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E-DiscoveryThe E-Discovery Supplement includes articles on Dropbox and the impact of personal cloud storage on ESI, the bring-your-own-device movement, developing an e-discovery model and more.
2013-01-29 12:00:00 AM
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Creating an E-Discovery Model in a Company or Law Firm
A few years ago, many corporations would leave the heavy lifting of e-discovery to outside counsel and vendors. Additionally, many of those outside counsel firms would do the same, playing more the role of a broker than a participant. But, increasingly, both corporations and law firms are creating structured groups or departments to effectively handle e-discovery. Read More
Corporate Control of Personal Communications
Businesses are facing several new realities. Their customers and clients expect them to go beyond "traditional" forms of communication into social media. Their employees prefer or even expect to be able to communicate with family, friends and others via personal email, social media and instant messaging or texting while in the workplace. And the ubiquity of mobile devices such as tablets or smartphones has caused some companies to consider implementing "Bring Your Own Device" (BYOD) policies to cut costs and increase employee satisfaction. Read More
Dropbox and the Impact of Personal Cloud Storage on ESI
The cloud is really nothing more than computer space that is accessed via the Internet. So, when someone says that they are "storing data on the cloud," all that really means is rather than storing their information on their own computer that is in their physical presence they are renting space on a computer to store their data. This storage is then available from anywhere the user can access the Internet. Read More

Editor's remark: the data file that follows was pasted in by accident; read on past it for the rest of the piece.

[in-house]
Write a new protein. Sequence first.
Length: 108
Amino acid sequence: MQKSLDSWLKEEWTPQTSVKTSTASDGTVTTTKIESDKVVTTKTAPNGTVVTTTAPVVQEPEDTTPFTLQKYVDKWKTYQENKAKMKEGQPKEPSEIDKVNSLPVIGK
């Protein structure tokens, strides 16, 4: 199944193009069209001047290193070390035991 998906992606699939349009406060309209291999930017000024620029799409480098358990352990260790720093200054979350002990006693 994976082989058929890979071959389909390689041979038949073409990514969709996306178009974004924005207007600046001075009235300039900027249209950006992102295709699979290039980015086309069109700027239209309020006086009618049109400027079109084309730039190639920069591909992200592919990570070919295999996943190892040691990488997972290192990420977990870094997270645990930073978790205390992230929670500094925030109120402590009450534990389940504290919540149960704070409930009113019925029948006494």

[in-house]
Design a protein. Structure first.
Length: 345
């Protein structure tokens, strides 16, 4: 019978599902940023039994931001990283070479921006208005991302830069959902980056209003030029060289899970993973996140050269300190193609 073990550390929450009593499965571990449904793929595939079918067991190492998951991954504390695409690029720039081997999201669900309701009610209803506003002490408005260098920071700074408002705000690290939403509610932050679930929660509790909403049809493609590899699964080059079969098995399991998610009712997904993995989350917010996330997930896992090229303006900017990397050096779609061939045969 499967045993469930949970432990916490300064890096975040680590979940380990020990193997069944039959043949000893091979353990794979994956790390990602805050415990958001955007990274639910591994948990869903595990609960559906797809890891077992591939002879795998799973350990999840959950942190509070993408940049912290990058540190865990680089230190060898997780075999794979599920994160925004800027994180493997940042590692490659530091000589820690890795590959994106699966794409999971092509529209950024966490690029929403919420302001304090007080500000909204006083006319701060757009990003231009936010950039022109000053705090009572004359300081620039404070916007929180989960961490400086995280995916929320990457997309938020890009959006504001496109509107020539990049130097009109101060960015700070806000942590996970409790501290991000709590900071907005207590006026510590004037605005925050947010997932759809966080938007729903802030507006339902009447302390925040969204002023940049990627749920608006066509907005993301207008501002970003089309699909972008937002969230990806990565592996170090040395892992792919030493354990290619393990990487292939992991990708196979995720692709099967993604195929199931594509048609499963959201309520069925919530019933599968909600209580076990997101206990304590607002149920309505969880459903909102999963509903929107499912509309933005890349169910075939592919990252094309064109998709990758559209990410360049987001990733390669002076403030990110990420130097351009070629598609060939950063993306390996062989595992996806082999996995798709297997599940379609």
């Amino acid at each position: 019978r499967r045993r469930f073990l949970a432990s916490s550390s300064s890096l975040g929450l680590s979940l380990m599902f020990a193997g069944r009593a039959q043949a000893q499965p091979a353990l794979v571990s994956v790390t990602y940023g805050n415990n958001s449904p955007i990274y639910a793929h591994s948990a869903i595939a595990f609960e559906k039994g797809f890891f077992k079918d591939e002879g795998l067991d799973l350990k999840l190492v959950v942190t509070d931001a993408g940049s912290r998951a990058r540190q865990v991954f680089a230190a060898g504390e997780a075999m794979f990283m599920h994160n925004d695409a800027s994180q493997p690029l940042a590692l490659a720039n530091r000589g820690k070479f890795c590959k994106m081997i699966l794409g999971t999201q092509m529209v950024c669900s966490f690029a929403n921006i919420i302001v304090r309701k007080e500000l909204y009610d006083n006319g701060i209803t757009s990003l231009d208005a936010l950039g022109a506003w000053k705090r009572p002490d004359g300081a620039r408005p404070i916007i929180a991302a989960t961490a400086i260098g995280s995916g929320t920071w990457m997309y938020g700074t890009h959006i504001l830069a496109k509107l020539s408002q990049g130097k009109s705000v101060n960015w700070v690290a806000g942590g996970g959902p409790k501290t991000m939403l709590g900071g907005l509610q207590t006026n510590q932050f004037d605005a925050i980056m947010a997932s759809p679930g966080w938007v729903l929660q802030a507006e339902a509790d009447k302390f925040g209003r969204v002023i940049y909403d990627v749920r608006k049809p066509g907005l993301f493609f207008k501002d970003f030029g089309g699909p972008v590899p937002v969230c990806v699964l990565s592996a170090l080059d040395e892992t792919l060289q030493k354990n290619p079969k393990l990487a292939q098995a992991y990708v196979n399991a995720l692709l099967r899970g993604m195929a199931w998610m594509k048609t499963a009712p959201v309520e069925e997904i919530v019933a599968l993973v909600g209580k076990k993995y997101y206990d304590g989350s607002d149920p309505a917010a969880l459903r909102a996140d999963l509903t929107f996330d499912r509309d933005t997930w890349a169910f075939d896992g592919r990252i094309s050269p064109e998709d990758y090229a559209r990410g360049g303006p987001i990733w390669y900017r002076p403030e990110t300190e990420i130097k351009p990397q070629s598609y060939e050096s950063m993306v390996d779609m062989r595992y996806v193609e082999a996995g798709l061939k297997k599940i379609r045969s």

A Litigators Guide to Social Media Discovery in Civil Actions
E-Discovery Supporting Old-Fashioned Sanction Motions
In an FCPA Defense, Understanding Search Is Critical
Bits and Bytes: What Forensic Analysis Can Reveal
E-Discovery Cost-Shifting Approaches Get New Attention From Courts
Federal Rule of Evidence 502: An Oft-Unopened Gift
When Federal Rule of Evidence 502 was introduced as legislation in 2007, it was hailed by members of Congress, judges and practitioners as a solution to the ever-increasing costs associated with electronic discovery. As the first rule addressing evidentiary privilege passed since the inception of the Federal Rules of Evidence, it resolved and clarified several inconsistent decisions amongst the circuits regarding inadvertent disclosure of privileged material. Despite the potential of this rule to bring cost savings and sanity to a variety of discovery situations, however, practitioners and judges have been slow to incorporate its language into their agreements and orders. Any producing party — especially in cases with any level of electronic document review — should strongly consider using this gift from the judiciary and Congress as a safeguard in case of inadvertent disclosure. Read More